(Hebr. ⊡î⊡īt, pl. ⊡î⊡īîyyôt RSV “tassel”). Fringes were frequently worn in the ancient Near East, although this custom's origins and purpose, which was probably protective, are obscure. Numbers 15.38–41 (and, more tersely, Deut. 22.12) ordains that Israelite males are to wear fringes including a blue cord on the four corners of their outside garments as a perpetual reminder to fulfill divine commandments rather than one's own desires. Fringes may also have indicated covenantal affiliation, serving both to differentiate male from female and to distinguish between Israelite and gentile. For later Jewish tradition, wearing ritually correct fringes daily became an important signifier of male religious obligation, equivalent to affixing a mezuzah to the doorpost (Deut. 6.9; 11.20) and placing phylacteries on the head and arm during prayer (Exod. 13.9, 16; Deut. 6.8; 11.18).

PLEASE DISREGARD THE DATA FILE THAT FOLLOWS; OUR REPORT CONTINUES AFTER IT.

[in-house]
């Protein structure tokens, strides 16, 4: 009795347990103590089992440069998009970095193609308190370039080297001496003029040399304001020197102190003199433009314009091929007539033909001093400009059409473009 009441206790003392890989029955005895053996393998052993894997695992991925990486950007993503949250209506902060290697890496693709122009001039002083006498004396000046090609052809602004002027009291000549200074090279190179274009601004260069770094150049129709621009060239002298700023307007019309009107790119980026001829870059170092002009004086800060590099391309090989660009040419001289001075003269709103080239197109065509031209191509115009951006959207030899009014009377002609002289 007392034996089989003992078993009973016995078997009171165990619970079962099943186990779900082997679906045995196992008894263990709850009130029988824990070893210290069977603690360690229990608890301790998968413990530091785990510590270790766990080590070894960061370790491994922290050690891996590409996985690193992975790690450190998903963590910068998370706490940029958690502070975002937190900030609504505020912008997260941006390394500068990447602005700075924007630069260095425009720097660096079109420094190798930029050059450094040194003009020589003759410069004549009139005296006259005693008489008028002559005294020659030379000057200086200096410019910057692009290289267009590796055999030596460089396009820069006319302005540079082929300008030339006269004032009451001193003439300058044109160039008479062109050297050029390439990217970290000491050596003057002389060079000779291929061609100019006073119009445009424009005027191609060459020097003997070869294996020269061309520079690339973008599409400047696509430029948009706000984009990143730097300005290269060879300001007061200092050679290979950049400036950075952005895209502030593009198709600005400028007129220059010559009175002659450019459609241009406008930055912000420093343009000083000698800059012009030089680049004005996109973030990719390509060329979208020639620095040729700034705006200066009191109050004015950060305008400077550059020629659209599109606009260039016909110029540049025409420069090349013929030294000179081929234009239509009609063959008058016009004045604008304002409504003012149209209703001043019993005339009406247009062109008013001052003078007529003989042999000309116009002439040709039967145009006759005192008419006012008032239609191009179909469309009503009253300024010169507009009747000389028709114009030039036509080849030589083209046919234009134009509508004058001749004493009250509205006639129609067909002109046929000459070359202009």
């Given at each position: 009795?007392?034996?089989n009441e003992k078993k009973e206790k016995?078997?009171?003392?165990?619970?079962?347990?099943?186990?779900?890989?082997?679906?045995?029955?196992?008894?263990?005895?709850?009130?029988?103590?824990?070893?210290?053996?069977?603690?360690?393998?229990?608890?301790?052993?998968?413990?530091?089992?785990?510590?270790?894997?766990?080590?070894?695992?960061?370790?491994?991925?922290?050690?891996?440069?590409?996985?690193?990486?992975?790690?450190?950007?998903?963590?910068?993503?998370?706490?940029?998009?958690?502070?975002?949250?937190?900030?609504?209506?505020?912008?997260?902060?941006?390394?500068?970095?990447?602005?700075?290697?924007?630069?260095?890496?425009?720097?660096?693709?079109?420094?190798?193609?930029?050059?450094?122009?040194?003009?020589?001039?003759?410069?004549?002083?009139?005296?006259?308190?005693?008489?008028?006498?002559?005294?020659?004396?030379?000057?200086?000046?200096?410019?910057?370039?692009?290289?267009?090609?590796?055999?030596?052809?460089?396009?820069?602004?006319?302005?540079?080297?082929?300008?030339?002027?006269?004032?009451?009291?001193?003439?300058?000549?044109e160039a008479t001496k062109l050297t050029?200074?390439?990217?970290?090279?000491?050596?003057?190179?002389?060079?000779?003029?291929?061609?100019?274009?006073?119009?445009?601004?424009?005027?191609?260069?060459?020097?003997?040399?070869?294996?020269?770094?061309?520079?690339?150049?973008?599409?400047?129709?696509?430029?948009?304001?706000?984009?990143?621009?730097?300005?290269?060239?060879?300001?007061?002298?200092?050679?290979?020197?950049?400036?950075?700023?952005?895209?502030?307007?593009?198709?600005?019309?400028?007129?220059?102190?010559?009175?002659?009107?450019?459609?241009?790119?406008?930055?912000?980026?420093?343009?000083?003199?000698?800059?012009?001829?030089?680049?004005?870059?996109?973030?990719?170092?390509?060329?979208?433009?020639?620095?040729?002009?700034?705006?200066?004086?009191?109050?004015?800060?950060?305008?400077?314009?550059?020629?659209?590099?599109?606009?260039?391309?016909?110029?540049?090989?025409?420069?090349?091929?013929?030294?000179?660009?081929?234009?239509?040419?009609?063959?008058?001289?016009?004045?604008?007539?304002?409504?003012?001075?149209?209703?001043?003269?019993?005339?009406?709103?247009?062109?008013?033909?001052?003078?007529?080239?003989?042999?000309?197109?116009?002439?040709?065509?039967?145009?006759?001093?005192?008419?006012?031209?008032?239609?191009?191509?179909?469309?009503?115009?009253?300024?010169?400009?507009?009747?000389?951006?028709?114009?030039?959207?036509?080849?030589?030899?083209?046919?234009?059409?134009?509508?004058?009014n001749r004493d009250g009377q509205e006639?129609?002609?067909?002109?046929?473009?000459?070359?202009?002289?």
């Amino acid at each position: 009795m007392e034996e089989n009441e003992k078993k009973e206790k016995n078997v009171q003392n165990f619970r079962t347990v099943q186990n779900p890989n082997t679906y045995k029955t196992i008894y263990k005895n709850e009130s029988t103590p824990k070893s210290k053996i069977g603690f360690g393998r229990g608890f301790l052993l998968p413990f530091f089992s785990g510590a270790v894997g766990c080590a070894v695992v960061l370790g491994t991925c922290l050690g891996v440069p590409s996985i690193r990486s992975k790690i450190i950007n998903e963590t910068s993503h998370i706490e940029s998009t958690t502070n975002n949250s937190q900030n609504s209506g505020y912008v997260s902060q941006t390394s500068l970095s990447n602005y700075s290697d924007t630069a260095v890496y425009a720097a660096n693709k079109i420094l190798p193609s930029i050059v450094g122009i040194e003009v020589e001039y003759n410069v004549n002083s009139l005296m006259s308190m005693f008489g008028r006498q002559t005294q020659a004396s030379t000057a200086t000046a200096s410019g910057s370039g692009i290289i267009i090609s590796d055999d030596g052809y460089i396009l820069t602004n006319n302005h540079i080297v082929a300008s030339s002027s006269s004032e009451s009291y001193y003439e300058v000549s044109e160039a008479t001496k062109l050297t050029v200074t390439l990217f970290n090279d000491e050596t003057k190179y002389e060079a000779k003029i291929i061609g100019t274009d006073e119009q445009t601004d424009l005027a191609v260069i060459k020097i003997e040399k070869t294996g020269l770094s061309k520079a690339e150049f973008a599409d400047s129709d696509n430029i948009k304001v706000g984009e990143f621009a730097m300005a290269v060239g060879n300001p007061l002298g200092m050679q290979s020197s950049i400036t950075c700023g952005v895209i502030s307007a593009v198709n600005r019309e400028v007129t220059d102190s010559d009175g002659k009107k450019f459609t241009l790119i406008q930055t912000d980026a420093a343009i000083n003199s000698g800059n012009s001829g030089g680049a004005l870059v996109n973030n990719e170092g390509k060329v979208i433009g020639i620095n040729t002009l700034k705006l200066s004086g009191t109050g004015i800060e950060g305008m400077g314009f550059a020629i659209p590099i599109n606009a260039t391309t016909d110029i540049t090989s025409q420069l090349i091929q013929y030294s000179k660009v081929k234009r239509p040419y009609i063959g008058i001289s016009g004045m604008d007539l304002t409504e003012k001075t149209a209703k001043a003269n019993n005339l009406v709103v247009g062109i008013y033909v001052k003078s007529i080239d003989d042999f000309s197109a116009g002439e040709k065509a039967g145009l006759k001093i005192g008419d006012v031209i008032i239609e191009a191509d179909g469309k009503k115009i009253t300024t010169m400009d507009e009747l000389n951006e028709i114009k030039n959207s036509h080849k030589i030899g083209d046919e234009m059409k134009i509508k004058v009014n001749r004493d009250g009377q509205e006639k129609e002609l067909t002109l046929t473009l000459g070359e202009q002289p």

Judith R. Baskin